In 2009, the U.S. Judicial Panel on Multidistrict Litigation consolidated all pending and future Yaz/Yasmin cases filed in U.S. federal courts into a multidistrict litigation (MDL) and transferred them to the U.S. District Court for the Southern District of Illinois for pre-trial proceedings. The cases share similar claims against common defendants and therefore should be managed by one judge, U.S. District Judge David R. Herndon, for greater efficiency, the panel ruled.
“All actions share factual questions relating to at least one of the drospirenone-containing oral contraceptives Yaz and Yasmin, which are manufactured by Bayer,” the panel said in its transfer order. “Plaintiffs in the products liability actions challenge the safety of those oral contraceptives and bring claims for personal injuries or wrongful death stemming from use of the drugs.”
People who say they or their loved ones were injured or died as a result of Yaz or Yasmin use filed a total of 11,859 actions under the MDL, making it the largest MDL in the U.S. at the time.
Hundreds of lawsuits were also filed and consolidated in state courts in Pennsylvania, New Jersey and California. Yaz pulmonary embolism cases were supposed to be the first to go to trial with one bellwether, or test, case selected by Bayer and another case selected by the plaintiffs. The next round was to involve women who suffered from gallbladder injuries, and the final round was to include blood clot injuries.
However, a federal judge heading up the multidistrict litigation postponed the bellwether proceedings and ordered both sides to mediation. The state court cases in Pennsylvania and New Jersey were also postponed, awaiting the mediation outcome. As of March 2014, Bayer had settled 8,250 cases for $1.7 billion. Less than two years later, the number of settled cases more than doubled, with Bayer on the hook for more than $2 billion. Today, about 1,047 cases remain pending under the MDL. Class action lawsuits are also pending in Canada and Israel, with additional claims in other countries.
Attorneys General Yaz Settlement
In 2009, attorneys general from 27 states reached a settlement with Bayer over allegations that the company aired misleading TV advertisements for Yaz that promoted the drug for PMS treatment, an off-label use, and exaggerated its effects on acne. Under the agreement, Bayer is required to submit proposed TV ads for Yaz to the FDA for approval and must comply with the FDA’s comments before the commercials air. Bayer must also clearly disclose exactly what is FDA approved when referring to symptoms and was required to conduct a $20 million corrective advertising program to remedy misinformation from the misleading Yaz advertisements.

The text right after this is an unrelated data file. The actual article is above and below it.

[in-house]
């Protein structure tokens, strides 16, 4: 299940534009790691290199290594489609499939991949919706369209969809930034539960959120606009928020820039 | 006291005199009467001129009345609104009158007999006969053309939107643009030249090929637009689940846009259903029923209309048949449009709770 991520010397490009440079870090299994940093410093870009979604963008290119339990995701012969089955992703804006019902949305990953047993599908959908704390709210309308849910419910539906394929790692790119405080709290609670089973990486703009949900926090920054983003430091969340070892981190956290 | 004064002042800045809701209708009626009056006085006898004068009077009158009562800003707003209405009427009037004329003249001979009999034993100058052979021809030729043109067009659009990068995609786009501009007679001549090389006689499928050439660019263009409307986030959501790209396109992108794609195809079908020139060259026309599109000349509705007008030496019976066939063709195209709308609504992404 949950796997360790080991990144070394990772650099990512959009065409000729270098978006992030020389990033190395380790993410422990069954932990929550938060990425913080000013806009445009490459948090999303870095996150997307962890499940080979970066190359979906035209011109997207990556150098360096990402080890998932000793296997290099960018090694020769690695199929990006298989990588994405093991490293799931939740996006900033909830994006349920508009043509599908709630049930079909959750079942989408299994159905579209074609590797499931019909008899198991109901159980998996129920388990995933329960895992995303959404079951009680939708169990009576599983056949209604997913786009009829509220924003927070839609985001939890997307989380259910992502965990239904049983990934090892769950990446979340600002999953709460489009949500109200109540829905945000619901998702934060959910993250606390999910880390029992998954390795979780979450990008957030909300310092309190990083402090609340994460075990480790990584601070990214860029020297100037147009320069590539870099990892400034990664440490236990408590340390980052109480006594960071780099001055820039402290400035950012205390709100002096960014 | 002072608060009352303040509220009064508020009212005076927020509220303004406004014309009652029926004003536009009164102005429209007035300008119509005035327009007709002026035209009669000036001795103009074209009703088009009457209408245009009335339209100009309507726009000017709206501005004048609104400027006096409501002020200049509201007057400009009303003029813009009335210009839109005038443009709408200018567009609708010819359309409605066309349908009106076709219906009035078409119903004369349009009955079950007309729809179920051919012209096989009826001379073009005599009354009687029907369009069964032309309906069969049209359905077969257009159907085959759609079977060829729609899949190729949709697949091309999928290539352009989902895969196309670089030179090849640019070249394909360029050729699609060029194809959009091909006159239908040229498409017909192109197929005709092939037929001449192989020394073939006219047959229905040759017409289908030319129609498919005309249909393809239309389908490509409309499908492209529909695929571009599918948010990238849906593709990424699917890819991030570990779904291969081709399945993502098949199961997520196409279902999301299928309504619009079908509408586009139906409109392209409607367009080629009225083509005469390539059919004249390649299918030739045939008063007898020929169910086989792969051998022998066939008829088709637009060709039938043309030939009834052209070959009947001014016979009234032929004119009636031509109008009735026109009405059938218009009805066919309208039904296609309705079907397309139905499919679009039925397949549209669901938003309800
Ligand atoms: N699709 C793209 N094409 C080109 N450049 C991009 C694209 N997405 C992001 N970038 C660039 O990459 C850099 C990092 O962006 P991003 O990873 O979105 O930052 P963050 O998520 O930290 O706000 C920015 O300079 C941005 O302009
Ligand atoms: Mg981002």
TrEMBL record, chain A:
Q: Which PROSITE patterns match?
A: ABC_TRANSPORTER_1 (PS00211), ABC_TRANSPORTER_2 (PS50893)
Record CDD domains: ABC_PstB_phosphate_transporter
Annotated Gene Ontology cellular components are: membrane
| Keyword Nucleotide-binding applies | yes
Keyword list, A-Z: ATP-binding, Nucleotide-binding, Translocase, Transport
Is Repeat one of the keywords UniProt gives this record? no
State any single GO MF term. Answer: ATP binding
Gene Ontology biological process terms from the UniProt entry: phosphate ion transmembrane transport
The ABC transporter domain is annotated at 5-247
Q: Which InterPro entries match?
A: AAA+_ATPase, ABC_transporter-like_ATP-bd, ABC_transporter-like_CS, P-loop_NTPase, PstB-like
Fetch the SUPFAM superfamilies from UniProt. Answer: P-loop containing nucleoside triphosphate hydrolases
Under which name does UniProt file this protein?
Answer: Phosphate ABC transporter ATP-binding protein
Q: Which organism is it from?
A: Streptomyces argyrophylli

$2.04 Billion in Blood Clot Settlements
In 2012, following three months of negotiations, Bayer said it would settle 500 lawsuits that accused the company of marketing Yaz and Yasmin as safer than other birth control pills when it allegedly knew the drugs could cause fatal blood clots. The company decided each of claims was worth about $220,000, bringing the total payment to $110 million. Reports later indicated Bayer ended up agreeing to pay $400 million that year to settle about 2,000 blood clot claims. By 2016, the company said it had paid $2.04 billion to settle 10,300 blood clot claims. Bayer was considering settling an additional 300 claims, according to its most recent annual report.
$21.5 Million in Gallbladder Settlements
In March 2013, Bayer agreed to pay up to $3,000 to women who had surgery to remove their gallbladders after taking Yaz or Yasmin and up to $2,000 to women who did not have surgery but developed gallbladder symptoms after taking the birth control pills. The company capped the payout at $24 million and said it would reduce individual awards if that amount were exceeded. As of 2016, Bayer paid $21.5 million to resolve 7,200 claims for gallbladder injuries.
$56.9 Million in Heart Attack, Stroke Settlements
In August 2015, Bayer agreed to pay up to $56.9 million to settle lawsuits and claims in which plaintiffs allege strokes and heart attacks. According to the agreement, Bayer may withdraw from the settlement if less than 97.5 percent of those who are eligible, and/or less than 96 percent of those who are eligible and allege death or catastrophic injuries, choose to participate. Of the 2,300 lawsuits still pending in January 2016, about 1,200 alleged heart attack and stroke.